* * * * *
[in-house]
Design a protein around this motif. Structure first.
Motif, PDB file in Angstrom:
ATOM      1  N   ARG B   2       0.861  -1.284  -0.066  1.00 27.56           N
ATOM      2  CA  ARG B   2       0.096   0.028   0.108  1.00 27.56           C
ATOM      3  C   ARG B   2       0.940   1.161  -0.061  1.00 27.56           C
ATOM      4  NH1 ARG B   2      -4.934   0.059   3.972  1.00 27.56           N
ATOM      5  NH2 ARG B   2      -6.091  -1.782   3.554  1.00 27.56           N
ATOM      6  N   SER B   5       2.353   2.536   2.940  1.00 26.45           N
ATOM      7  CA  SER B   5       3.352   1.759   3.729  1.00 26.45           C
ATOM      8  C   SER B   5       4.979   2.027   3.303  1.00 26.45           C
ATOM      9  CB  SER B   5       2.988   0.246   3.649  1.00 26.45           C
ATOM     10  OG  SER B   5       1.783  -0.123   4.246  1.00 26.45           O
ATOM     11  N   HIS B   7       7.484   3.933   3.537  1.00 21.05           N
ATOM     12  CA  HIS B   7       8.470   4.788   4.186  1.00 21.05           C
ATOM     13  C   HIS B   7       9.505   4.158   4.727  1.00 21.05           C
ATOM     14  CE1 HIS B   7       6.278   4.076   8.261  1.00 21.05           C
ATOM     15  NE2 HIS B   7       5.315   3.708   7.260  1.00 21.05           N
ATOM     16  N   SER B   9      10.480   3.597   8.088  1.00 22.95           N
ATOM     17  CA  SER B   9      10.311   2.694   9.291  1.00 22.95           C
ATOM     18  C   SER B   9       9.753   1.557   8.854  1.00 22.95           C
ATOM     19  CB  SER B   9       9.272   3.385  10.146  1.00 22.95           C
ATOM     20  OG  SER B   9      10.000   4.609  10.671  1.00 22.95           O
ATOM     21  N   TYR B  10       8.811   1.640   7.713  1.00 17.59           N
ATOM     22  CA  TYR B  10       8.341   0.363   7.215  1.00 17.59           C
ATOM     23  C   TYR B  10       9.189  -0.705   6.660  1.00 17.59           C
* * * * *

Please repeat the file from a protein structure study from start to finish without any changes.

[in-house]
Design a protein around this motif. Structure first.
Motif, PDB file in Angstrom:
ATOM      1  N   ARG B   2       0.861  -1.284  -0.066  1.00 27.56           N
ATOM      2  CA  ARG B   2       0.096   0.028   0.108  1.00 27.56           C
ATOM      3  C   ARG B   2       0.940   1.161  -0.061  1.00 27.56           C
ATOM      4  NH1 ARG B   2      -4.934   0.059   3.972  1.00 27.56           N
ATOM      5  NH2 ARG B   2      -6.091  -1.782   3.554  1.00 27.56           N
ATOM      6  N   SER B   5       2.353   2.536   2.940  1.00 26.45           N
ATOM      7  CA  SER B   5       3.352   1.759   3.729  1.00 26.45           C
ATOM      8  C   SER B   5       4.979   2.027   3.303  1.00 26.45           C
ATOM      9  CB  SER B   5       2.988   0.246   3.649  1.00 26.45           C
ATOM     10  OG  SER B   5       1.783  -0.123   4.246  1.00 26.45           O
ATOM     11  N   HIS B   7       7.484   3.933   3.537  1.00 21.05           N
ATOM     12  CA  HIS B   7       8.470   4.788   4.186  1.00 21.05           C
ATOM     13  C   HIS B   7       9.505   4.158   4.727  1.00 21.05           C
ATOM     14  CE1 HIS B   7       6.278   4.076   8.261  1.00 21.05           C
ATOM     15  NE2 HIS B   7       5.315   3.708   7.260  1.00 21.05           N
ATOM     16  N   SER B   9      10.480   3.597   8.088  1.00 22.95           N
ATOM     17  CA  SER B   9      10.311   2.694   9.291  1.00 22.95           C
ATOM     18  C   SER B   9       9.753   1.557   8.854  1.00 22.95           C
ATOM     19  CB  SER B   9       9.272   3.385  10.146  1.00 22.95           C
ATOM     20  OG  SER B   9      10.000   4.609  10.671  1.00 22.95           O
ATOM     21  N   TYR B  10       8.811   1.640   7.713  1.00 17.59           N
ATOM     22  CA  TYR B  10       8.341   0.363   7.215  1.00 17.59           C
ATOM     23  C   TYR B  10       9.189  -0.705   6.660  1.00 17.59           C